The importance of labeling garden things (plants, seed packets, fertilizer containers, and those assorted parts and pieces for the lawnmower that mysteriously are not currently installed on the machine) cannot be overstated. I believe I have stressed it in more than one article that I’ve written.
This is me clearly railing against my own decent, sound, and meaningful advice: here is a photo of a nasturtium (the super common but super pretty ‘Jewel Mix’) that I grew this year in the community garden. Trouble is, I also grew the even more lovely ‘Ladybird Cream Purple Spot’ and now that they’re all finished blooming, I’m collecting seed for next year. Guess what I didn’t do before all the flowers were spent?
Oh well. I’ll have a fantastic collection of ‘Jewel Ladybird Cream Purple Spot Mix’ for the 2018 gardening season. It will be awesome.
What is your labeling practice in the garden? And do you grow nasturtiums? If you do, which cultivars are your favourites?
There’s still snow on the ground here, although there have been sightings in the area of crocus foliage (not in my garden, sadly – although I’ve been going out every morning to take a look, just in case something’s changed overnight. Nope, just snow). It doesn’t matter. I’ve already ordered some seeds and I’ve got the veggie garden all mapped out (Version 8.0 or thereabouts – we all know I’ll be revising until the very day I plant, especially if the seed catalogues keep coming!).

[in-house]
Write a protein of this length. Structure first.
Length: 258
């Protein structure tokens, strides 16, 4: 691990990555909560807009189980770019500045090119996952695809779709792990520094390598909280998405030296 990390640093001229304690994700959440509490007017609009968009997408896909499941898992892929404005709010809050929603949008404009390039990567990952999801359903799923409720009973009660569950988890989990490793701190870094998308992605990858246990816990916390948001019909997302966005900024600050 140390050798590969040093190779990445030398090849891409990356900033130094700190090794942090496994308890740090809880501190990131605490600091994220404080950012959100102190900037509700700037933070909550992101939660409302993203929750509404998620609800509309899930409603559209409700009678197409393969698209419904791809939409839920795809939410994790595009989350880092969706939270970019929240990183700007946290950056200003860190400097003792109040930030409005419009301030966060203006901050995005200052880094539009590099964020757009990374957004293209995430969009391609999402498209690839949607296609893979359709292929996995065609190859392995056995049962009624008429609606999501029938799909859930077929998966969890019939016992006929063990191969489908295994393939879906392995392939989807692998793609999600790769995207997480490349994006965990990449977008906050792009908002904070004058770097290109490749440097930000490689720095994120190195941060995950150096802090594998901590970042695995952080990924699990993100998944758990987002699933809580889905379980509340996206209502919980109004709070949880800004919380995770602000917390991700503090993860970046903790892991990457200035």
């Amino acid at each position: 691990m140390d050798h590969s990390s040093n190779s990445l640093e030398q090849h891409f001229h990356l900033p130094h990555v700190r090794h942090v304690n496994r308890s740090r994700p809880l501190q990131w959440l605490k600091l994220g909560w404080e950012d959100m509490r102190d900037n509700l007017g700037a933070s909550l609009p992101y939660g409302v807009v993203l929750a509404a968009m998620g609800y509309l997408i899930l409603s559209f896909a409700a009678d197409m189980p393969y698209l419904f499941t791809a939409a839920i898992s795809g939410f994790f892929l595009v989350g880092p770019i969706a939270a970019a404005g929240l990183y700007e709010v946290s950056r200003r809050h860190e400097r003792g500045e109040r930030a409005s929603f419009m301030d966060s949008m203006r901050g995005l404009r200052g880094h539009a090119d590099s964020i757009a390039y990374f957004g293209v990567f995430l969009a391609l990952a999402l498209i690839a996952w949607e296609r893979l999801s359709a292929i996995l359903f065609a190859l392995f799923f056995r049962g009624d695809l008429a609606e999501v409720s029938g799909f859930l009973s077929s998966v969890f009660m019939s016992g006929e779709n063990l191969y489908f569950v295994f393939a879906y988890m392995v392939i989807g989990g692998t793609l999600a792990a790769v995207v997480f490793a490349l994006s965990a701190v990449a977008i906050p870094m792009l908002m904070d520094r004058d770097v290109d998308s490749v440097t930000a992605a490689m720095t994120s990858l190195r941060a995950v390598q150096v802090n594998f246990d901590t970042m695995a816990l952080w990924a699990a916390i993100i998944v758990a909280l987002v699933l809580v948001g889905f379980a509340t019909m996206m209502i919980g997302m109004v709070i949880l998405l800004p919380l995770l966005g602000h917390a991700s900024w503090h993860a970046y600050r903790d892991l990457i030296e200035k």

And I’ve been looking at a few new books. I was sent a copy of Joyce and Ben Russell’s Build a Better Vegetable Garden: 30 DIY Projects to Improve Your Harvest (2017, Frances Lincoln Limited/Quarto, London) for review and it hasn’t left my desk…I keep picking it up and browsing through it. Whether you’re an experienced gardener or a newbie, there are projects in here that can get you growing in no time: setting up a raised hoop tunnel, designing and constructing a raised bed, building your own wooden planters, creating a cold frame, or making a trellis for climbing beans. Other projects you may not have immediately thought of include making your own seed trays (and dibber!), a storage rack for your tools, a wire support for raspberries, a handy trug, a cabinet with trays for drying the harvest, and a beautiful decorative obelisk. The best part about this book is you don’t need to be a certified woodworker or carpenter to do any of these projects. You don’t need specialized tools (most can be done with a basic drill, a couple of types of saws, some hand tools and hardware you can easily pick up and afford). Nearly all of the projects are made from wood. And the instructions are straightforward, easy to understand, and very clearly photographed so you’re not guessing at any stage of the project. I am the least crafty person I know, and I have confidence I could undertake most of these projects without making a huge mess of them (or losing a limb in the process). 😉 I really think this book would be a fantastic gift for a new gardener or homeowner – and it would be extremely useful for anyone setting up a community garden or allotment as well. Highly recommended (and that’s my honest opinion!).
Do you have any recommendations for gardening books that have you feeling excited and inspired as you plan (or dig in) for the new season? Tell me what you’ve been poring over, I’d love to hear!